MAS’ Proposed Changes to AML/CFT Requirements Applicable to Money-Changing and Remittance Businesses
The MAS recently proposed changes to the AML/CFT requirements applicable to the inherently cash intensive business such as money-changing and remittance businesses to mitigate the associated risks in the sector. The proposals include issuing a new notice on prohibition of issuance of bearer instruments and restriction in cash pay-outs and amendments to MAS Notice 3001 with respect to non-face-to-face business. Below is a recap of the highlights:
Prohibition of Issuance of Bearer Instruments and Restriction in Cash Pay-outs
Holders of money-changer’s licence and remittance licence (“licensees”) cannot issue bearer instruments such as cash cheques etc, in any currency to their customers.
Licensees engaging in inward remittance transactions and FX transactions must use non-cash settlement methods for pay-outs of SGD 20,000 and above (or equivalent amount in foreign currency) to persons in Singapore.
When two or more inward remittance transactions/ FX transactions come from another country to Singapore and the licensee suspects the same as deliberate restructuring of an otherwise single transaction into smaller transactions to evade the above limit, the licensee must treat that transactions as single transaction.
For cash pay-outs of S$20,000 or its equivalent in foreign currency, by cheques, licensees must ensure that the cheque is crossed and payable to a customer who is having a bank account in Singapore. The licensee must also maintain a register of all crossed cheques issued with the corresponding transaction reference numbers.
Removing the requirement for a licensee to seek MAS’ prior approval to conduct non-face-to-face business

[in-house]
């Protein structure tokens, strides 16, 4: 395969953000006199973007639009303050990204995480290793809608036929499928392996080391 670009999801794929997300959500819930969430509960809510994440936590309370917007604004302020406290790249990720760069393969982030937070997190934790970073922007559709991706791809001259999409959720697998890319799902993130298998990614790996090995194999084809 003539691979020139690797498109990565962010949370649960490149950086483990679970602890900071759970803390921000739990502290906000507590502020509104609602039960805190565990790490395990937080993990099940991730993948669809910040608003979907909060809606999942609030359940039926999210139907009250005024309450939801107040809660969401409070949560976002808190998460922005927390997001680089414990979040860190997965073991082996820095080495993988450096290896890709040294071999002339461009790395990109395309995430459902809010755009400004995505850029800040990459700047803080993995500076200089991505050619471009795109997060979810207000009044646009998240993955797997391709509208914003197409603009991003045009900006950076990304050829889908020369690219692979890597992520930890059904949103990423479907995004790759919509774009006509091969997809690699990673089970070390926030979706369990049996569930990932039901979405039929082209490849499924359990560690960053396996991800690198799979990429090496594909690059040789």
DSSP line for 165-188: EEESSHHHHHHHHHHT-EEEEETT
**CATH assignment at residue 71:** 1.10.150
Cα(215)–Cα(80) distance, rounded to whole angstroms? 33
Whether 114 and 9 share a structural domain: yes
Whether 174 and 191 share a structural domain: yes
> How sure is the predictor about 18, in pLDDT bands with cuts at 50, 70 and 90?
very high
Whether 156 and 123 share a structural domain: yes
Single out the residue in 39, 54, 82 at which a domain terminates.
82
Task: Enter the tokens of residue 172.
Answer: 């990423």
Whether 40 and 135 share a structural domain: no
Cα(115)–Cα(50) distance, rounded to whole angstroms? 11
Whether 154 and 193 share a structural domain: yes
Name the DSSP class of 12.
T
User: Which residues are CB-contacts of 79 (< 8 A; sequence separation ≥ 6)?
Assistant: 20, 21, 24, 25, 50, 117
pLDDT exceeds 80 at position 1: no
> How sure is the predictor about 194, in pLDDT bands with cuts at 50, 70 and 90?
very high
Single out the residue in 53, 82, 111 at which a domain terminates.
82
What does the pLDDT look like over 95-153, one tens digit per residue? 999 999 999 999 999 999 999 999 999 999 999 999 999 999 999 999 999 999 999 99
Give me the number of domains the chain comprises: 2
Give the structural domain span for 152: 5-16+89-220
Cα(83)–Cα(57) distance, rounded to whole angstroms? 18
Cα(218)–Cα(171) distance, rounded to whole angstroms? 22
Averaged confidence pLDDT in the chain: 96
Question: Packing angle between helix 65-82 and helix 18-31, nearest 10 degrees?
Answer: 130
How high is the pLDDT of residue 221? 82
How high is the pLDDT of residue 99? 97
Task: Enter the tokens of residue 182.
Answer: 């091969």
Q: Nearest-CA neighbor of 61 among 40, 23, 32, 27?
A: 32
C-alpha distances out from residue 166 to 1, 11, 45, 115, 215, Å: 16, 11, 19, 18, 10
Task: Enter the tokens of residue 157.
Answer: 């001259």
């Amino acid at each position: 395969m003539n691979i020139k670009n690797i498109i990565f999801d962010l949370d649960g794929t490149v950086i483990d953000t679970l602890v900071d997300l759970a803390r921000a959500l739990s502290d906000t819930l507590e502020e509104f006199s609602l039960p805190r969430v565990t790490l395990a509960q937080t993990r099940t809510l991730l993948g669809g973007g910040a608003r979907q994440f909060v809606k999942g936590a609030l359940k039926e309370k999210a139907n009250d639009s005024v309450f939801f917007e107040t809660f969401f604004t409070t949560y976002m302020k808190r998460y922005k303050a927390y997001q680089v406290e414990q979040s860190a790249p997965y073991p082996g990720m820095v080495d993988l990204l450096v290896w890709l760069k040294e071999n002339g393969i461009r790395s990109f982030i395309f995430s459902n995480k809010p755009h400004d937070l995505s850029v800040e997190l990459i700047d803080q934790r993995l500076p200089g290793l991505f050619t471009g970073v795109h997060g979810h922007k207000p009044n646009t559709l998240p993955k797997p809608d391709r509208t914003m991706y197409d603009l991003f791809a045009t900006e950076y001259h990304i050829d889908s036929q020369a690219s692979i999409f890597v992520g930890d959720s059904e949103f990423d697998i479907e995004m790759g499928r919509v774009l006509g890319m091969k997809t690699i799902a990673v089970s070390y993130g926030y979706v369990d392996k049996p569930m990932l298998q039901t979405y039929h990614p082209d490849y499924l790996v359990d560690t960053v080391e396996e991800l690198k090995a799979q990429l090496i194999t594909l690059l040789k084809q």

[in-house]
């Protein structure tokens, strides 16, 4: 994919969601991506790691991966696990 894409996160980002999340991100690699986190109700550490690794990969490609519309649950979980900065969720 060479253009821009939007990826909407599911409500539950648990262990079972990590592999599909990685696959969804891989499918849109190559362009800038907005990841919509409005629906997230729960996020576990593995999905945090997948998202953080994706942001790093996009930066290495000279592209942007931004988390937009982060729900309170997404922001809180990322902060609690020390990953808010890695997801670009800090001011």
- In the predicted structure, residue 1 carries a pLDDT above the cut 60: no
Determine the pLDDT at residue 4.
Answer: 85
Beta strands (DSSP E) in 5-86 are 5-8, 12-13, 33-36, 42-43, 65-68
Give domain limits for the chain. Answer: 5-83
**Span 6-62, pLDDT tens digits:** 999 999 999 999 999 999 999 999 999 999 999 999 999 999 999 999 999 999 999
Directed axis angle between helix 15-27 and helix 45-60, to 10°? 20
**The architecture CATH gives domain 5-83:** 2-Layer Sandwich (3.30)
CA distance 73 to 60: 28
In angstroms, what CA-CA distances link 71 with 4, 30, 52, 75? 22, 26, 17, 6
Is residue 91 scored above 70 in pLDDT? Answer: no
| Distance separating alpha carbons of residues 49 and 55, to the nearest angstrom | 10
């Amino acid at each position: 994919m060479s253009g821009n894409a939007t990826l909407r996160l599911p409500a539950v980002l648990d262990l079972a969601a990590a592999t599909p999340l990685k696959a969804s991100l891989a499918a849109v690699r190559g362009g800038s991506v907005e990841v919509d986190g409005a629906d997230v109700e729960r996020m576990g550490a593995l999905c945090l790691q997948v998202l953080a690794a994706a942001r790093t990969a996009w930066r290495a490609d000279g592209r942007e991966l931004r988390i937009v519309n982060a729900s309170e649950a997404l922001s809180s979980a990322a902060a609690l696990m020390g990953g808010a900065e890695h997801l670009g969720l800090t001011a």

For non-face-to-face business, MAS’s prior approval is no more required but, licensees must develop policies and procedures to address the specific ML/TF risks associated with non-face-to-face account relationships with a customer or non-face-to-face relevant business transactions undertaken without opening an account.
MAS expects CDD measures to be at least as robust as those that would be required to be performed if there was face-to-face contact.
A new set of CDD measures such as real-time video conferencing, biometric technologies, digital signatures etc are admissible.
Appointment of an auditor to assess the effectiveness of policies and procedures put in place to mitigate the risk of non-face-to-face business
Licensees must, at its own expense, appoint an independent auditor/ or a qualified, independent consultant to assess annually the effectiveness of policies and procedures put in place to mitigate the risk of non-face-to-face business.
The auditor/consultant must be a competent person with proven track record, knowledge of new technology solutions and regulatory requirements.
The licensee must submit the auditor’s assessment to MAS within one year after commencement of the licensee’s non-face-to-face business relations.
Foreign Exchange (“FX”) Transactions
In FX transactions, licensees must do a simplified CDD measures on FX counterparties such as Singapore licensed banks, merchant banks and foreign licensed banks.
Licensees must properly document the background and purpose of every FX transaction and must submit it to MAS upon request.
Though the consultation relieves the licensees of the requirement of getting prior approval of MAS to conduct non-face-to-face business, it brings additional burden of robust CDD measures and appointment of an external auditor/consultant. The interested parties can submit their comments until 12 February 2018.